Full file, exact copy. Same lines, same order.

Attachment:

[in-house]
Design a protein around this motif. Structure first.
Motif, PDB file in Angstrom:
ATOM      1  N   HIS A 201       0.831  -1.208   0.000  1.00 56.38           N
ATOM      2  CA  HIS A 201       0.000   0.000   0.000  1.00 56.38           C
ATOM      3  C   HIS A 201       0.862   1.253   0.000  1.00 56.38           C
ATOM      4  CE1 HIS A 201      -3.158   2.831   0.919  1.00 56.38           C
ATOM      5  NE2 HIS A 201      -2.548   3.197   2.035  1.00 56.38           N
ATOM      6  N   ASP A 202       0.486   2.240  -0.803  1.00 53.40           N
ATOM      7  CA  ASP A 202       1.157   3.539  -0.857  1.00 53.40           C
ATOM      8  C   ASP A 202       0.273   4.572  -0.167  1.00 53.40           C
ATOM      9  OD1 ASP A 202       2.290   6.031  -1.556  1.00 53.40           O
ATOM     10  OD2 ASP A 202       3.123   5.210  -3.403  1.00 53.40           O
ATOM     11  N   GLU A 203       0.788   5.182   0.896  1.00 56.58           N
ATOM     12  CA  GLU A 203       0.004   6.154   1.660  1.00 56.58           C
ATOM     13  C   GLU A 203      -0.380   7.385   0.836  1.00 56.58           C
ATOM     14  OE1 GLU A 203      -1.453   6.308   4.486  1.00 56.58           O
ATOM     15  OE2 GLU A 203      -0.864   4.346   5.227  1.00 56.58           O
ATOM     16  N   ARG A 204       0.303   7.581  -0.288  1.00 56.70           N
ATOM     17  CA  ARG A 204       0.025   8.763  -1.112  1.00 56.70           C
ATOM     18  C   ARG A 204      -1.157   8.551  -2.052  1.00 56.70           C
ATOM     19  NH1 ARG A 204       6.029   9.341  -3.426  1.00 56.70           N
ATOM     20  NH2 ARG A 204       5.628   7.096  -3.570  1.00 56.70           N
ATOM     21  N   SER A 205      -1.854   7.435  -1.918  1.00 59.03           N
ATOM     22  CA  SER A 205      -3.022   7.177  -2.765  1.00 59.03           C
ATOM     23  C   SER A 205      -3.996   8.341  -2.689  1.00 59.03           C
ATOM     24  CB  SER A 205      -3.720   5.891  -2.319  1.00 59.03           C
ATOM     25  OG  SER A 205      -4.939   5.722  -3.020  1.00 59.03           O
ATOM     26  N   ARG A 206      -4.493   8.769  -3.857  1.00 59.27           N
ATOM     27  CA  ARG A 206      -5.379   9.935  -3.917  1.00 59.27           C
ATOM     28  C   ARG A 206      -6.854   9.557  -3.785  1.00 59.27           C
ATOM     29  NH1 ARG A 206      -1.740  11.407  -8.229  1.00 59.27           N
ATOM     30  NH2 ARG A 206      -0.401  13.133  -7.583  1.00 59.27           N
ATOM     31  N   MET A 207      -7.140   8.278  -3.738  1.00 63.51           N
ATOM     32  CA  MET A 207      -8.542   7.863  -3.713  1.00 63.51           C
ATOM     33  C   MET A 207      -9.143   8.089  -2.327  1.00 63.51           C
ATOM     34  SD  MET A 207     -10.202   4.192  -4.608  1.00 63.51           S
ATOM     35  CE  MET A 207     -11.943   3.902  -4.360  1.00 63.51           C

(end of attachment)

[in-house]
Design a protein around this motif. Structure first.
Motif, PDB file in Angstrom:
ATOM      1  N   HIS A 201       0.831  -1.208   0.000  1.00 56.38           N
ATOM      2  CA  HIS A 201       0.000   0.000   0.000  1.00 56.38           C
ATOM      3  C   HIS A 201       0.862   1.253   0.000  1.00 56.38           C
ATOM      4  CE1 HIS A 201      -3.158   2.831   0.919  1.00 56.38           C
ATOM      5  NE2 HIS A 201      -2.548   3.197   2.035  1.00 56.38           N
ATOM      6  N   ASP A 202       0.486   2.240  -0.803  1.00 53.40           N
ATOM      7  CA  ASP A 202       1.157   3.539  -0.857  1.00 53.40           C
ATOM      8  C   ASP A 202       0.273   4.572  -0.167  1.00 53.40           C
ATOM      9  OD1 ASP A 202       2.290   6.031  -1.556  1.00 53.40           O
ATOM     10  OD2 ASP A 202       3.123   5.210  -3.403  1.00 53.40           O
ATOM     11  N   GLU A 203       0.788   5.182   0.896  1.00 56.58           N
ATOM     12  CA  GLU A 203       0.004   6.154   1.660  1.00 56.58           C
ATOM     13  C   GLU A 203      -0.380   7.385   0.836  1.00 56.58           C
ATOM     14  OE1 GLU A 203      -1.453   6.308   4.486  1.00 56.58           O
ATOM     15  OE2 GLU A 203      -0.864   4.346   5.227  1.00 56.58           O
ATOM     16  N   ARG A 204       0.303   7.581  -0.288  1.00 56.70           N
ATOM     17  CA  ARG A 204       0.025   8.763  -1.112  1.00 56.70           C
ATOM     18  C   ARG A 204      -1.157   8.551  -2.052  1.00 56.70           C
ATOM     19  NH1 ARG A 204       6.029   9.341  -3.426  1.00 56.70           N
ATOM     20  NH2 ARG A 204       5.628   7.096  -3.570  1.00 56.70           N
ATOM     21  N   SER A 205      -1.854   7.435  -1.918  1.00 59.03           N
ATOM     22  CA  SER A 205      -3.022   7.177  -2.765  1.00 59.03           C
ATOM     23  C   SER A 205      -3.996   8.341  -2.689  1.00 59.03           C
ATOM     24  CB  SER A 205      -3.720   5.891  -2.319  1.00 59.03           C
ATOM     25  OG  SER A 205      -4.939   5.722  -3.020  1.00 59.03           O
ATOM     26  N   ARG A 206      -4.493   8.769  -3.857  1.00 59.27           N
ATOM     27  CA  ARG A 206      -5.379   9.935  -3.917  1.00 59.27           C
ATOM     28  C   ARG A 206      -6.854   9.557  -3.785  1.00 59.27           C
ATOM     29  NH1 ARG A 206      -1.740  11.407  -8.229  1.00 59.27           N
ATOM     30  NH2 ARG A 206      -0.401  13.133  -7.583  1.00 59.27           N
ATOM     31  N   MET A 207      -7.140   8.278  -3.738  1.00 63.51           N
ATOM     32  CA  MET A 207      -8.542   7.863  -3.713  1.00 63.51           C
ATOM     33  C   MET A 207      -9.143   8.089  -2.327  1.00 63.51           C
ATOM     34  SD  MET A 207     -10.202   4.192  -4.608  1.00 63.51           S
ATOM     35  CE  MET A 207     -11.943   3.902  -4.360  1.00 63.51           C